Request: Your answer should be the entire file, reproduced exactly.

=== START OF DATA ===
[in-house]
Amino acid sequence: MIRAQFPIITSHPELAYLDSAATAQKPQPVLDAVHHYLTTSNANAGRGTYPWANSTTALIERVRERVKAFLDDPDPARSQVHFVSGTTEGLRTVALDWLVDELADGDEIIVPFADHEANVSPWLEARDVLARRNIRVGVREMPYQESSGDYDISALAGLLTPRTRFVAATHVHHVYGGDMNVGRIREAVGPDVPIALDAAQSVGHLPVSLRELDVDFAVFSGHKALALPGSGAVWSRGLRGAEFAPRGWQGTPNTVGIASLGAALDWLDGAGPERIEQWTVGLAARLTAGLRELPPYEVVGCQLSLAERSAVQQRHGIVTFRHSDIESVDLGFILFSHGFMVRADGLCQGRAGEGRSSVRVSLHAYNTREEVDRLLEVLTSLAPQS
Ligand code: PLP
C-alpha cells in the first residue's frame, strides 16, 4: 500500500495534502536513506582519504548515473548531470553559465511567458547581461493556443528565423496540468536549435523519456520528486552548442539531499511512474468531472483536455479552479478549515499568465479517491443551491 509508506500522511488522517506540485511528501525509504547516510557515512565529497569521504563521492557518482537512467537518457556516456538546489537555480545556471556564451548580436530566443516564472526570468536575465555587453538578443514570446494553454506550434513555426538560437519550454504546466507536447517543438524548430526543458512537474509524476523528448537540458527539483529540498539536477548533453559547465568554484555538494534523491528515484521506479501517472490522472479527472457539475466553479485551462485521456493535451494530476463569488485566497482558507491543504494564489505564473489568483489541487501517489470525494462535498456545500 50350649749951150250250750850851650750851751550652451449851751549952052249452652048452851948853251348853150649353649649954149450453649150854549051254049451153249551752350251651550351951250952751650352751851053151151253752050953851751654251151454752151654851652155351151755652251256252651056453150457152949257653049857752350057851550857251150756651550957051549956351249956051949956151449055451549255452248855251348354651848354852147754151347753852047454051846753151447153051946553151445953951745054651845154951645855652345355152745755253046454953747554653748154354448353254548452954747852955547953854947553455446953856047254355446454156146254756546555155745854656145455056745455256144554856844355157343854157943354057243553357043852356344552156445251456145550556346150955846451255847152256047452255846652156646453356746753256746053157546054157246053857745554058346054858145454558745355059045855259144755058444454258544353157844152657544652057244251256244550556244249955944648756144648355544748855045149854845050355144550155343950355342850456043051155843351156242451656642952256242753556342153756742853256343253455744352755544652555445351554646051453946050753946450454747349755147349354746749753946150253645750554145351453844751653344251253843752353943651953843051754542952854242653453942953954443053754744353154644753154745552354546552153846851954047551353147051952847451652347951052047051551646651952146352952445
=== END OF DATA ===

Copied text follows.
[in-house]
Amino acid sequence: MIRAQFPIITSHPELAYLDSAATAQKPQPVLDAVHHYLTTSNANAGRGTYPWANSTTALIERVRERVKAFLDDPDPARSQVHFVSGTTEGLRTVALDWLVDELADGDEIIVPFADHEANVSPWLEARDVLARRNIRVGVREMPYQESSGDYDISALAGLLTPRTRFVAATHVHHVYGGDMNVGRIREAVGPDVPIALDAAQSVGHLPVSLRELDVDFAVFSGHKALALPGSGAVWSRGLRGAEFAPRGWQGTPNTVGIASLGAALDWLDGAGPERIEQWTVGLAARLTAGLRELPPYEVVGCQLSLAERSAVQQRHGIVTFRHSDIESVDLGFILFSHGFMVRADGLCQGRAGEGRSSVRVSLHAYNTREEVDRLLEVLTSLAPQS
Ligand code: PLP
C-alpha cells in the first residue's frame, strides 16, 4: 500500500495534502536513506582519504548515473548531470553559465511567458547581461493556443528565423496540468536549435523519456520528486552548442539531499511512474468531472483536455479552479478549515499568465479517491443551491 509508506500522511488522517506540485511528501525509504547516510557515512565529497569521504563521492557518482537512467537518457556516456538546489537555480545556471556564451548580436530566443516564472526570468536575465555587453538578443514570446494553454506550434513555426538560437519550454504546466507536447517543438524548430526543458512537474509524476523528448537540458527539483529540498539536477548533453559547465568554484555538494534523491528515484521506479501517472490522472479527472457539475466553479485551462485521456493535451494530476463569488485566497482558507491543504494564489505564473489568483489541487501517489470525494462535498456545500 50350649749951150250250750850851650750851751550652451449851751549952052249452652048452851948853251348853150649353649649954149450453649150854549051254049451153249551752350251651550351951250952751650352751851053151151253752050953851751654251151454752151654851652155351151755652251256252651056453150457152949257653049857752350057851550857251150756651550957051549956351249956051949956151449055451549255452248855251348354651848354852147754151347753852047454051846753151447153051946553151445953951745054651845154951645855652345355152745755253046454953747554653748154354448353254548452954747852955547953854947553455446953856047254355446454156146254756546555155745854656145455056745455256144554856844355157343854157943354057243553357043852356344552156445251456145550556346150955846451255847152256047452255846652156646453356746753256746053157546054157246053857745554058346054858145454558745355059045855259144755058444454258544353157844152657544652057244251256244550556244249955944648756144648355544748855045149854845050355144550155343950355342850456043051155843351156242451656642952256242753556342153756742853256343253455744352755544652555445351554646051453946050753946450454747349755147349354746749753946150253645750554145351453844751653344251253843752353943651953843051754542952854242653453942953954443053754744353154644753154745552354546552153846851954047551353147051952847451652347951052047051551646651952146352952445